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Miss Transqueen India 2017 : Delhi Says Be-YOU-tiful, Gears Up to Host Transgender Beauty Pageant on August 27

Recently, Kerala hosted the first ever Indian transgender beauty pageant. Now its time for Delhi to bring together trans-women for a national competition.

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Organizers believe the pageant will be a 'symbol of change' for the Indian trans community. Wikimedia
  • Delhi-NCR to hold a one-of-its-kind national beauty pageant for Indian trans-women
  • The competition aims to augment acceptability of the minority community and help them find stable jobs

New Delhi, August 23, 2017 : The struggle for acceptance, visibility and protection by transgender individuals has a long history. Of late, the issue has come under radar as steps are now being taken to bring the community at par with the mainstream society. To further these efforts, the capital city is now gearing up to host a one-of its-kind beauty pageant for Indian trans-women on August 27.

In this unique competition which will be hosted in Gurugram (Delhi-NCR region) sixteen trans-women from all over the country will compete for the coveted title of ‘Miss Transqueen India 2017‘.

The winner of the crown will also get an opportunity to represent India at the ‘Miss International Transqueen’ which has been scheduled to take place in Thailand next year.

The Miss Transqueen 2017 competition aims celebrate trans beauty and to inculcate confidence among Indian trans-women who are often self-stigmatized due to the society’s alien behavior.

More recently, Kerala hosted the first ever Indian transgender beauty pageant on June 15 which was attended by people in large numbers.

The Miss Transqueen Indian 2017 event is being organized and managed by the event-management firm Suhani Dreamcatchers. According to a report by PTI, Reena Rai, the founder of the firm highlighted that transgender people are often made to feel ‘different’ in the Indian society, who think they are only good enough for begging or unskilled work. “We want to change this. Our beauty pageant and its grooming sessions offer hope and is a symbol for change,” she said.

ALSO READ India’s First ever Transgender Athletics meet in Kerala

The competition bears its roots in India’s various campaigns for gender equality and empowerment, and aims to augment acceptance of trans-women in the Indian society and help them find respectable work in different mainstream industries like fashion, television, films and the likes.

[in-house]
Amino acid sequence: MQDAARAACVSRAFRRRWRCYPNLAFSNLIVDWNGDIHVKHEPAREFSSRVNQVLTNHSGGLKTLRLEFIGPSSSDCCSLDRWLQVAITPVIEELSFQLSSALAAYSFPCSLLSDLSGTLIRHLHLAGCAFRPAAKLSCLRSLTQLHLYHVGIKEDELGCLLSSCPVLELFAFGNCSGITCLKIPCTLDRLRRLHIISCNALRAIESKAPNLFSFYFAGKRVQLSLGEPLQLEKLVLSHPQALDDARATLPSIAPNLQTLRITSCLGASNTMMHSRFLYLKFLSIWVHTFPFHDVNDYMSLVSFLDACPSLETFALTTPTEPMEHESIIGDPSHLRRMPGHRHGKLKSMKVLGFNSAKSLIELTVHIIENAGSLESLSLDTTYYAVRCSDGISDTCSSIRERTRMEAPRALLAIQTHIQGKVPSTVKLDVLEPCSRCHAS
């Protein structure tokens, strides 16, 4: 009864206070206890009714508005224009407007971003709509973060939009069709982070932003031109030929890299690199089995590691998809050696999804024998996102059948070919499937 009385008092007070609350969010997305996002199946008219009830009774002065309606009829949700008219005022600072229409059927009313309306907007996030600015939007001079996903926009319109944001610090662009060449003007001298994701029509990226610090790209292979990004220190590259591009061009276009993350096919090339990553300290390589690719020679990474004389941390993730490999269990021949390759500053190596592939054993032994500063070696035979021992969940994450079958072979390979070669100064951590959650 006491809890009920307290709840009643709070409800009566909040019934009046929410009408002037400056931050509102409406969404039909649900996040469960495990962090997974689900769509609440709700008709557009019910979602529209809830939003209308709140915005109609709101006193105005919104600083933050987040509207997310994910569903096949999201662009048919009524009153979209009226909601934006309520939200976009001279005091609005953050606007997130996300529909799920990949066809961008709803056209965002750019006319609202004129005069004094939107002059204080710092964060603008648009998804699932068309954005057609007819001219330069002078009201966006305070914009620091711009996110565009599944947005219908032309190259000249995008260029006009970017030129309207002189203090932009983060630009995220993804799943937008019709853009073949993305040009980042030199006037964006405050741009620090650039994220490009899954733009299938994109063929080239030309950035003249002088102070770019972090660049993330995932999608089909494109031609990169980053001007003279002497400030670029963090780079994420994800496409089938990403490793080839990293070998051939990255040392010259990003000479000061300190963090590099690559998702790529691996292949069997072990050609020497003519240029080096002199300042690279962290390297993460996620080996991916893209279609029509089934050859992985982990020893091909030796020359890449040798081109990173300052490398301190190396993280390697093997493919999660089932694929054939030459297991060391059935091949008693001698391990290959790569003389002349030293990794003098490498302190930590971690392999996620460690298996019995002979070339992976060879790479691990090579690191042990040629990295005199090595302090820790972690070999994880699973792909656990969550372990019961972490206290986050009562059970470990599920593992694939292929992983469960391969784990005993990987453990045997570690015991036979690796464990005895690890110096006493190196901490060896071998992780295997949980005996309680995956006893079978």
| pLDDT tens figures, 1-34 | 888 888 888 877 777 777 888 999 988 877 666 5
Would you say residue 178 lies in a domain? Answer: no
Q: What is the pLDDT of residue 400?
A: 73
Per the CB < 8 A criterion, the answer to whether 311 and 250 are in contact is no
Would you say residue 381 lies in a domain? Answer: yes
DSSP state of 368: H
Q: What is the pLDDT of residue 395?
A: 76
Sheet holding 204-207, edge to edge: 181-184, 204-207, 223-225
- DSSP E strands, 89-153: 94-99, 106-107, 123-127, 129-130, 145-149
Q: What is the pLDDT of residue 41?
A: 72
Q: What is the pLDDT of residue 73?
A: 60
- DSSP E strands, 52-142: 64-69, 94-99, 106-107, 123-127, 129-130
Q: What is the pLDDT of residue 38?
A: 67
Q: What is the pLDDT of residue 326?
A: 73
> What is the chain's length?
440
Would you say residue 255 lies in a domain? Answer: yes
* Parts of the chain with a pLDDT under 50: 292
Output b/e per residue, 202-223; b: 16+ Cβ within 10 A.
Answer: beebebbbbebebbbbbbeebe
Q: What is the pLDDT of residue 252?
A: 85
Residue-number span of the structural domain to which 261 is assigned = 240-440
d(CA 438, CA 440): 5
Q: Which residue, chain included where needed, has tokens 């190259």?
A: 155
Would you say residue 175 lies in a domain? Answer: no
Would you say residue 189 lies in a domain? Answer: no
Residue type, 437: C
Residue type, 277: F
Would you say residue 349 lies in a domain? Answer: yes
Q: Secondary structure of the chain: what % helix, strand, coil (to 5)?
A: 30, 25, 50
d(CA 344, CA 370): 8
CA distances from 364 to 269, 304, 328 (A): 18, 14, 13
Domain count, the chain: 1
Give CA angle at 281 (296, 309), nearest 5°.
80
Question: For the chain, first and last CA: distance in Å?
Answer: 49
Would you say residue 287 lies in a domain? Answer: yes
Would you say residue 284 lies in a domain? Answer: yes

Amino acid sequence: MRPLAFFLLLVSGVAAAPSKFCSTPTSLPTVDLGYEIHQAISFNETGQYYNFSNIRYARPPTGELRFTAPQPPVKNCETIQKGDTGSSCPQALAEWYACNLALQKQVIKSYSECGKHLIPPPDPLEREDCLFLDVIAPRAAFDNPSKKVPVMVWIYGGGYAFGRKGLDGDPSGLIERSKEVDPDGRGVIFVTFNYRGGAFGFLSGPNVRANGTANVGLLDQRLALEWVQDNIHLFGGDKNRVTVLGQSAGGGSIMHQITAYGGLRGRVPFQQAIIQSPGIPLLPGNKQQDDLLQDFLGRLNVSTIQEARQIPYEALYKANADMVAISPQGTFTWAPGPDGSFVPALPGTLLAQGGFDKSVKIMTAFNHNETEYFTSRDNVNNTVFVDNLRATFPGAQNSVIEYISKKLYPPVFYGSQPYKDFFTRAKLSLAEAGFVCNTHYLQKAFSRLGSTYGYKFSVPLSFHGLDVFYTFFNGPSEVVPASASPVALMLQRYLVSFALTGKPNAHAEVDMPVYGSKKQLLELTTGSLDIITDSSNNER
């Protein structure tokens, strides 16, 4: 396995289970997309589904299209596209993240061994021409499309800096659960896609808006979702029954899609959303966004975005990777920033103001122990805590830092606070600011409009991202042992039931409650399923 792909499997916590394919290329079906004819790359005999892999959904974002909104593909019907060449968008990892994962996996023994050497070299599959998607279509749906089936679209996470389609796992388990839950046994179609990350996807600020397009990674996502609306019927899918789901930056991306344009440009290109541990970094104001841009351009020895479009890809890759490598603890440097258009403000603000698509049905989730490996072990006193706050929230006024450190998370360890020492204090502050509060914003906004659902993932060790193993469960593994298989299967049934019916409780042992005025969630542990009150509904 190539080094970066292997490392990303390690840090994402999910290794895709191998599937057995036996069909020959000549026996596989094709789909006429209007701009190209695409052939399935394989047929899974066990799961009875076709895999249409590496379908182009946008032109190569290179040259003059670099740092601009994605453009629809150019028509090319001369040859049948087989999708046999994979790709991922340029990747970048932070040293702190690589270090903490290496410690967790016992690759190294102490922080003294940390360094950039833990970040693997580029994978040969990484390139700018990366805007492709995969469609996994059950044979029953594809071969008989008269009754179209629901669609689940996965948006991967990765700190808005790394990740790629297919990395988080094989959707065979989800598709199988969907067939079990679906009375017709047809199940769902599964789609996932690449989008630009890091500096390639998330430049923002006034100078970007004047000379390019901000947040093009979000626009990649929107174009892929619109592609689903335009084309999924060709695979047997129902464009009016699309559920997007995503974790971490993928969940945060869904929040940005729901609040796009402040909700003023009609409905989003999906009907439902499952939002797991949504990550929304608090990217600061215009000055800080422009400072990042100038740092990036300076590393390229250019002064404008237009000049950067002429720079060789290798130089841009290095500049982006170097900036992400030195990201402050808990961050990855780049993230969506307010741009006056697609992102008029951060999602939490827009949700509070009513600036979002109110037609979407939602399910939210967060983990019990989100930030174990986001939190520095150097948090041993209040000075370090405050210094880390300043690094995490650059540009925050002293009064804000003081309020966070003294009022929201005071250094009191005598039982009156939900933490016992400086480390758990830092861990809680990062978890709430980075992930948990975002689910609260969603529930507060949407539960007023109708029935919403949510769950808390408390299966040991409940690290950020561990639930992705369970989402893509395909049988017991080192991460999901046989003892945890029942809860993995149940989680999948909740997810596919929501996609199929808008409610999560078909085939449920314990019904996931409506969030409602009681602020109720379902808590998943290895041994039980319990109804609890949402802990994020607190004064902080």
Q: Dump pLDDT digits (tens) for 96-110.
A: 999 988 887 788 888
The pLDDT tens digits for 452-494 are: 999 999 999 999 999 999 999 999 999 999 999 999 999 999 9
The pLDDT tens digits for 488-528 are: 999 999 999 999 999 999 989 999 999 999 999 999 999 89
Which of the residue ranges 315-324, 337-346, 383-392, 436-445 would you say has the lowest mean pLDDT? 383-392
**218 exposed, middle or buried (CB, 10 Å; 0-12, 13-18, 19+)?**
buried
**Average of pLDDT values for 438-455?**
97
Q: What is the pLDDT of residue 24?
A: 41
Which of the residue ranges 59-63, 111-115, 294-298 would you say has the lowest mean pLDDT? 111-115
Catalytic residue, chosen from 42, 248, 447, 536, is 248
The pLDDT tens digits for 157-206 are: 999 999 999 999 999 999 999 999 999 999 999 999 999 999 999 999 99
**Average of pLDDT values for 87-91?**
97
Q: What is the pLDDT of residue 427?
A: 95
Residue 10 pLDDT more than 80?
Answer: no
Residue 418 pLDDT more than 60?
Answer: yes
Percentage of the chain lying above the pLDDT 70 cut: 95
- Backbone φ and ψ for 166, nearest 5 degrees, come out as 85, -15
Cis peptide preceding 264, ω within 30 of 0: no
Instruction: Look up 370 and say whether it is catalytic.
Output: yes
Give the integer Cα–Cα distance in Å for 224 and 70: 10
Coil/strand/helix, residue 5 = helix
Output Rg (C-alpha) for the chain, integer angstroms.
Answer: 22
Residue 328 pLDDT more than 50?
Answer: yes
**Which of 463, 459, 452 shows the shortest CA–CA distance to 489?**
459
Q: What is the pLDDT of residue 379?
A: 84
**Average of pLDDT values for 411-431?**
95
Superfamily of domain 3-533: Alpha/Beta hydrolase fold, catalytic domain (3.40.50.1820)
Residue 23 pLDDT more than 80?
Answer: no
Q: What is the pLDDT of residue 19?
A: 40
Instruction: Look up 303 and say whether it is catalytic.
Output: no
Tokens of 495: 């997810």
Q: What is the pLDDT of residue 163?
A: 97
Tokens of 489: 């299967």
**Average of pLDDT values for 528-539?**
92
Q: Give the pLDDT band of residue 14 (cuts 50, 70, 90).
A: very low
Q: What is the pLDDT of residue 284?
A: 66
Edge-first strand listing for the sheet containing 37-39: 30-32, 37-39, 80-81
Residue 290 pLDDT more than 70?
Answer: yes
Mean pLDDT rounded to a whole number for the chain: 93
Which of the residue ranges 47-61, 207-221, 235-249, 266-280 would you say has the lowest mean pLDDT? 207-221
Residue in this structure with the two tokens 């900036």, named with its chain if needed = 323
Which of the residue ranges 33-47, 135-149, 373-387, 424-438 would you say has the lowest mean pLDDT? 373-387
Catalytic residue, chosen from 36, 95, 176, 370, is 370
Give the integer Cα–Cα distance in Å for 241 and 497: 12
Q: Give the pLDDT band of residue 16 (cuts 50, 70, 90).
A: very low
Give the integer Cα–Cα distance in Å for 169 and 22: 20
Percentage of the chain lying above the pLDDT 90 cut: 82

The 16 shortlisted participants, who are now preparing for the Delhi competition, were chosen after several rounds of nationwide auditions that saw as many as 1,500 entries. The participants have also undergone rigorous training under close supervision of several well-known grooming experts from the industry.

Educator and grooming expert Avleen Khokhar, who is also associated with the event, believes in the importance of such platforms to empower the third gender.

According to her, “The transgender community is India is being denied education and jobs due to persistent discrimination.” She strongly propagates that competitions and platforms like these are not only necessary to further inclusion of this minority community into the mainstream Indian society but also provide the third gender with “an opportunity to embrace and empower themselves.”

ALSO READ: India becoming more Transgender- Friendly: Read this report

The event, which is slated for August 27, is expected to host big names from the country. The winner of the pageant will be crowned by Miss Transsexual Australia International 2017 Laetica Phylliscia Raveena.


 

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UN Launches Campaign to Bring Young Generation into Gender Equality Fight

UN Women announced its new "Generation Equality: Realizing women's rights for an equal future'' at a news conference

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FILE - Phumzile Mlambo-Ngcuka, United Nations Under-Secretary-General and Executive Director of U.N. Women, speaks during an interview with The Associated Press in New York, March 7, 2018. VOA

The U.N. women’s agency launched a campaign Monday to bring a young generation of women and men into the campaign for gender equality ahead of next year’s 25th anniversary of the conference that adopted the only international platform to achieve women’s rights and empowerment.